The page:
Like taste (famously described by Proust), photographs bring with them their chains of association. Even after years, seeing photos of the house before we repainted still elicits a little cry of shocked disgust and reminds me the listing for the house touted “designer colors.” Taste is, of course, personal, but I can’t imagine hot salmon a soothing color for a bedroom. Or what designer might actually choose it. The color featured prominently in the house when we moved in, and we spent several weeks eradicating it. A couple of coats of primer and a couple of coats of paint later, and we had the relaxing blue we desired in a bedroom even if the electric salmon still haunts our memories. Color, and consequently paint, has a power. It can inspire, calm, excite, depress, or chosen especially badly, terrify. Use it wisely.
Tag Archives: 2007
I was hanging the second of my newly built kitchen cabinet doors, a simple frame-and-panel, paring a hinge mortise when I realized the full weight of the task in front of me. One door hung, one more that would be hung . . . eventually. I shaved off another paper thin layer of wood, then looked up and counted the number of doors that needed to be hung. Only fourteen more to go. I swore quietly to myself and checked the fit of the hinge in its mortise. Continue reading
Kitchen–counters and backsplash
Our intention to leave the kitchen remodel for a later date didn’t last much beyond the death of the expiring range a couple of months after we moved in. We bought a new stove and matching OTR microwave. Since there was no cabinet over the wall, I built a couple of plywood boxes and applied a face frame. With the cabinet (the door would wait for a while) and appliances installed, the kitchen looked even more depressing. Fresh paint could go a long way towards lightening the space, but there was still the beige backsplash. And the counters.
We contemplated a staggering array of yellows and the best accent stripe color for the new white subway tile backsplash. I wanted to do soapstone counters since soapstone can be worked with woodworking tools, but the lead time and cost suggested another alternative, one we found in Bungalow Kitchens. Wood counters are period appropriate, and IKEA offers different species at reasonable rates.
With materials and colors selected, we demoed the old backsplash and underlying plaster, installed concrete backerboard, installed the new backsplash using a budget wet saw, removed the old counters, installed new counters, sink, and garbage disposal and painted over the course of a couple of weekends.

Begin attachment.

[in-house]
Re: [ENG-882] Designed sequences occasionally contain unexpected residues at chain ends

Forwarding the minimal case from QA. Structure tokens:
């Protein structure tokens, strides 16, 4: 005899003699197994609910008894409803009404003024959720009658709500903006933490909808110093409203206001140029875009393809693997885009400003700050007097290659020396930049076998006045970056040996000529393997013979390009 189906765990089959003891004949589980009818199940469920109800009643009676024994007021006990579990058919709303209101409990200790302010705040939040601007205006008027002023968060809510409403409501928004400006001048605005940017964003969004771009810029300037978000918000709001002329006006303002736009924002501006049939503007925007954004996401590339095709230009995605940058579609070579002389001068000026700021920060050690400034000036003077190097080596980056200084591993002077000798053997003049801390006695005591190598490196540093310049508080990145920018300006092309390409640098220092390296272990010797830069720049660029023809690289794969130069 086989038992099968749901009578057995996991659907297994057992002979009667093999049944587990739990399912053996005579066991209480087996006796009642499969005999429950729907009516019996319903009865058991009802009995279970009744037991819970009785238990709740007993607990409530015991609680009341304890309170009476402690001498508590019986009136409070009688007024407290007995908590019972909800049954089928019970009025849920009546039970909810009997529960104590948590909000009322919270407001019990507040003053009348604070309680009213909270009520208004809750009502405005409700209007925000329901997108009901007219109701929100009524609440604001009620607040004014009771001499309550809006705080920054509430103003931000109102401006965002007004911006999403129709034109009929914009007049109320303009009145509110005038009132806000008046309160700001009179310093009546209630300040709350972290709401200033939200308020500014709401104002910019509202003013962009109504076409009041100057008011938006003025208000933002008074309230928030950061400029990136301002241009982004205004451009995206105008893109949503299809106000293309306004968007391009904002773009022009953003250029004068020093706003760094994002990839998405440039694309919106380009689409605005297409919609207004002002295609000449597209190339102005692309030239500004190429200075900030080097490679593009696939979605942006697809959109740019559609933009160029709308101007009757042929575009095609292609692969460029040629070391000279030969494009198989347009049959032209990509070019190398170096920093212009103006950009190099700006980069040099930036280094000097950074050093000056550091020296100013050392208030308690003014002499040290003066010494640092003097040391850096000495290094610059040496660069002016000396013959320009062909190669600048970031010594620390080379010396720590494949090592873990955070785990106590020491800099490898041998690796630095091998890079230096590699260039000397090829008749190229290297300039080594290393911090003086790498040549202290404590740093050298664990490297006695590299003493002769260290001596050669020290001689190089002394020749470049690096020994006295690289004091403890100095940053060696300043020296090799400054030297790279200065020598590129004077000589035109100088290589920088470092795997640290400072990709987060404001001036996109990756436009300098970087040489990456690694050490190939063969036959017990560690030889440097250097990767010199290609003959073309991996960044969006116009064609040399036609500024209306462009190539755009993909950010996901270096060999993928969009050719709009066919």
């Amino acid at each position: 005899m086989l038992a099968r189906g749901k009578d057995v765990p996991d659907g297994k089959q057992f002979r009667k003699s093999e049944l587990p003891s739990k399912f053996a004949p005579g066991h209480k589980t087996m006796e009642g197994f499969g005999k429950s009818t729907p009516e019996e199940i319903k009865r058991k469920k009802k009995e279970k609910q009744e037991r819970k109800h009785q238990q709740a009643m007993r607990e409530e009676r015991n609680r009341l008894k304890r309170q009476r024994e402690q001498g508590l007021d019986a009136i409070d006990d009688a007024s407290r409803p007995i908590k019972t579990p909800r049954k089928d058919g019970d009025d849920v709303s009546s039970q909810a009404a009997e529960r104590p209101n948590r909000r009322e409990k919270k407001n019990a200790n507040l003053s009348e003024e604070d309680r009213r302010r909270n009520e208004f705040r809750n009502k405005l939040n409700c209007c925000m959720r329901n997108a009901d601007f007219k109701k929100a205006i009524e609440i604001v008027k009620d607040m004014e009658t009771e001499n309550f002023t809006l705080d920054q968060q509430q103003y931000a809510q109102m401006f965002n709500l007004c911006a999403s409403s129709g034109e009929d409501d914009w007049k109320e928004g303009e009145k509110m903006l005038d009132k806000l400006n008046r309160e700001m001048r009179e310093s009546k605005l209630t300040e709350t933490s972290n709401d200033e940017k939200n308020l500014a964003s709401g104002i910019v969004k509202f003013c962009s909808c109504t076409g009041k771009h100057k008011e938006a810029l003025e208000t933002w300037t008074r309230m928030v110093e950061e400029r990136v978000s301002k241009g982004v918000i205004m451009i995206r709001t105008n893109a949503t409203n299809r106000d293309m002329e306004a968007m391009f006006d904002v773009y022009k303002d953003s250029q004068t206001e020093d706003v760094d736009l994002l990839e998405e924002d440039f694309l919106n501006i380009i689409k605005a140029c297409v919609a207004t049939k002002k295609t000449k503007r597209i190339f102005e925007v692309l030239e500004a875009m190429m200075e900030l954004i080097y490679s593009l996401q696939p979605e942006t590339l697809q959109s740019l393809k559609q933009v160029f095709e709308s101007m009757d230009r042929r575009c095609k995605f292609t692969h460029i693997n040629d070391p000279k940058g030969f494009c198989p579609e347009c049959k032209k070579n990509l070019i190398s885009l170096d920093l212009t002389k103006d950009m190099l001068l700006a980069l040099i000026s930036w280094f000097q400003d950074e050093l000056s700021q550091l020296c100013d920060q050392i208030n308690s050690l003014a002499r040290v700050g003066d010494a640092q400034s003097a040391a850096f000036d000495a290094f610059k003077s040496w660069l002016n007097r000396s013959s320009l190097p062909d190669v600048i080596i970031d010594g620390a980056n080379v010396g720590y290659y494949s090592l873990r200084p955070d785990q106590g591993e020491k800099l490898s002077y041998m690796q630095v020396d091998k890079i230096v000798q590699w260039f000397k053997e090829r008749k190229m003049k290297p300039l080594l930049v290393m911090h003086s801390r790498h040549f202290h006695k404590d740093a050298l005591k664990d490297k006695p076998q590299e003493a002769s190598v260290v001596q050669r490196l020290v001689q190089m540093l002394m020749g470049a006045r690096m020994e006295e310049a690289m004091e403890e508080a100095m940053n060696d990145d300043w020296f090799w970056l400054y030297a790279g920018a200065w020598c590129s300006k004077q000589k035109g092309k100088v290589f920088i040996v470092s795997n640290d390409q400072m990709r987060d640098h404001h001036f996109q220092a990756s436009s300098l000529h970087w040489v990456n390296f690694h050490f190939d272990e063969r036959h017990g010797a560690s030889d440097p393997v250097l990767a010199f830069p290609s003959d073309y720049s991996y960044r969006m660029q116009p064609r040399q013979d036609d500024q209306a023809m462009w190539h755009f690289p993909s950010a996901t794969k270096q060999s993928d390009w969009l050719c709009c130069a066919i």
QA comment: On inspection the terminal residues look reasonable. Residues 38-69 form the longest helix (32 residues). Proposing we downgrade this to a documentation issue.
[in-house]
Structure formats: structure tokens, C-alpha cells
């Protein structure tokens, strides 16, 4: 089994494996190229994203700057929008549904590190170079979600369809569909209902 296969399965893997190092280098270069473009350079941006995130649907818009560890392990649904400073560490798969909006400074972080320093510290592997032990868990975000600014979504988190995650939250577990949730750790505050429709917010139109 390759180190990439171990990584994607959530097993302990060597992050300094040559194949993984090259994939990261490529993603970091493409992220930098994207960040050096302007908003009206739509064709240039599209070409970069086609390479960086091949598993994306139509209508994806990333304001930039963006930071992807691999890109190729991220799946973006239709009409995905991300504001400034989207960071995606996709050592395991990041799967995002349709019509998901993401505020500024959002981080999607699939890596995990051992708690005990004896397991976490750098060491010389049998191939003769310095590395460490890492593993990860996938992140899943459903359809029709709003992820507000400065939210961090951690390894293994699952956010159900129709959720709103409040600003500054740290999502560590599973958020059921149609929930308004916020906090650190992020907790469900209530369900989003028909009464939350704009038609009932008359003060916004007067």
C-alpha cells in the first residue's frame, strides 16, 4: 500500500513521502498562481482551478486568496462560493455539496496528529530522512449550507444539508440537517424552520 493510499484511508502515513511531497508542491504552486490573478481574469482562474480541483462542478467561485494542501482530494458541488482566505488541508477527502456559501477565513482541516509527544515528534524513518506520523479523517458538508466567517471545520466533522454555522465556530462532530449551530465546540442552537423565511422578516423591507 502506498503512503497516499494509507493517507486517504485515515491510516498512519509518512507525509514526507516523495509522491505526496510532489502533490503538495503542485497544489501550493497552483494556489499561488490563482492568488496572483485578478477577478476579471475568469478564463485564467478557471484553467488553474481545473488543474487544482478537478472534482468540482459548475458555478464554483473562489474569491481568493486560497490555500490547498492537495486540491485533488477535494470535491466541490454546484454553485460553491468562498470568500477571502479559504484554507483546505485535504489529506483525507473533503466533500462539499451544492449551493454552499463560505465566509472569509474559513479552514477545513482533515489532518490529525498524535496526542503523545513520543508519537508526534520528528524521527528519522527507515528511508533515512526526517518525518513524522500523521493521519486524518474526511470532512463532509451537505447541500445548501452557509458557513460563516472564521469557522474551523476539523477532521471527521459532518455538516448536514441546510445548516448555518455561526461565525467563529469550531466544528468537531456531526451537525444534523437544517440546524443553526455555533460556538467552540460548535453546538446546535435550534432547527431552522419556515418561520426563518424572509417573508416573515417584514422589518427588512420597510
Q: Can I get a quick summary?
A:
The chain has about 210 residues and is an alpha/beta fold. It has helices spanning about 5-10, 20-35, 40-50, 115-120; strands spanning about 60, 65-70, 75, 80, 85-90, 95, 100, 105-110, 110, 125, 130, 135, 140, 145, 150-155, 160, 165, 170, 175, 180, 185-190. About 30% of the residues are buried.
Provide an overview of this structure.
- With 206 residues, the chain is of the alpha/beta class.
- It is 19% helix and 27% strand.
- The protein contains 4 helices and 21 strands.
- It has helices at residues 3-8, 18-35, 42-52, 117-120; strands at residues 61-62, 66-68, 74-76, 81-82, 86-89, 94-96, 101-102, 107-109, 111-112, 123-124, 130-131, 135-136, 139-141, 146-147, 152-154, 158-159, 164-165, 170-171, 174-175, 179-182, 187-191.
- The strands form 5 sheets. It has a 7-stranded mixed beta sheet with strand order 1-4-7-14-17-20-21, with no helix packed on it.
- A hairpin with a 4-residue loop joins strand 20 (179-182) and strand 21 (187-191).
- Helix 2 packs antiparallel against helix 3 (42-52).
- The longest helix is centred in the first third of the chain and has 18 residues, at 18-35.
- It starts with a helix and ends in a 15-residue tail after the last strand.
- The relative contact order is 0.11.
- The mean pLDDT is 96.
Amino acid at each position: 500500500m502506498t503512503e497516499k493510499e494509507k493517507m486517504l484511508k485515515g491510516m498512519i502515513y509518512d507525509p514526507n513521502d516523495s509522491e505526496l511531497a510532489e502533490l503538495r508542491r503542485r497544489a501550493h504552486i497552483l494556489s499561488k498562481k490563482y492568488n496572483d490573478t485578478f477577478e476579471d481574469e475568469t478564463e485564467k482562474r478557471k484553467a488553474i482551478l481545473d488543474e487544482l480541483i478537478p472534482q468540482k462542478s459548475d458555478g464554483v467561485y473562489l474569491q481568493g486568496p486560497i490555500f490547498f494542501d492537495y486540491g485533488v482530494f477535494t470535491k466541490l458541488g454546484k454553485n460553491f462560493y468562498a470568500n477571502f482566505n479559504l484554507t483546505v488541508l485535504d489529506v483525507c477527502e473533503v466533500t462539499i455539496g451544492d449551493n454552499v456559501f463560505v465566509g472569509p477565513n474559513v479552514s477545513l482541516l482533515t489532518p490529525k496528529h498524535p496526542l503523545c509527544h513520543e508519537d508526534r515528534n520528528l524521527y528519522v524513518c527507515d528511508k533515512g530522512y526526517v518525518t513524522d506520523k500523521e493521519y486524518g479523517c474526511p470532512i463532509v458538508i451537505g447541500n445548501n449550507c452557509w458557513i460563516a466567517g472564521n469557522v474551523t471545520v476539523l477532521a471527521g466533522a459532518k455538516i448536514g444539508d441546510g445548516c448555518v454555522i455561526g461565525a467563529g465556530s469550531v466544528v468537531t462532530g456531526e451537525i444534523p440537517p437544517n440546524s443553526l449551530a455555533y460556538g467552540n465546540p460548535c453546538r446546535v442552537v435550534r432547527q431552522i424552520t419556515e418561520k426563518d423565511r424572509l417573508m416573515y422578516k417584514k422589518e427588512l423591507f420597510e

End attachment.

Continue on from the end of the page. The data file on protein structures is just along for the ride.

House listings share with résumés an attempt to put the best light on the subject, and when writing either, it is easy to slip from positive spin to exaggeration, and to outright lying. The listing for our house claimed a recently updated kitchen, but “recently updated” here turned out to be some newish paint, a sheet vinyl floor less than a decade old, and new knobs on the cabinet doors. About the only thing that could be said for the kitchen when we first looked at the house in 2007 was that it didn’t feature cherry cabinets, granite counters, and stainless steel appliances. That particular look palled quickly as we scanned listing after listing and saw that 95% of all updated kitchens featured cherry and granite. By comparison, the gray walls, laminate countertops, and out-of-scale beige wall tiles were less than inspiring, certainly, but not a deal breaker. We could live with it for a time while we tackled more urgent projects–painting over the garish, glaring “designer colors” elsewhere in the house. And at least we wouldn’t have to feel bad about replacing a new kitchen.
Sorting some unfiled photos and found the following from Bungalow Kitchens. It was one of the primary inputs as we considered options for updating our neglected kitchen. We especially liked the painted cabinets, nickel hardware, use of glass in the upper cabinet doors, and the wooden counter top. The cabinet latches are unduly bulky, though, and we prefer inset hinges to the surface mounted ones used here.
Post and Beam Fence
A post-and-beam fence/wall in Tokyo. The base of the wall is raised above a concrete foundation. The bottom infill is bamboo, the top a wooden lattice with a narrow strip of plasterwork below the tile roof.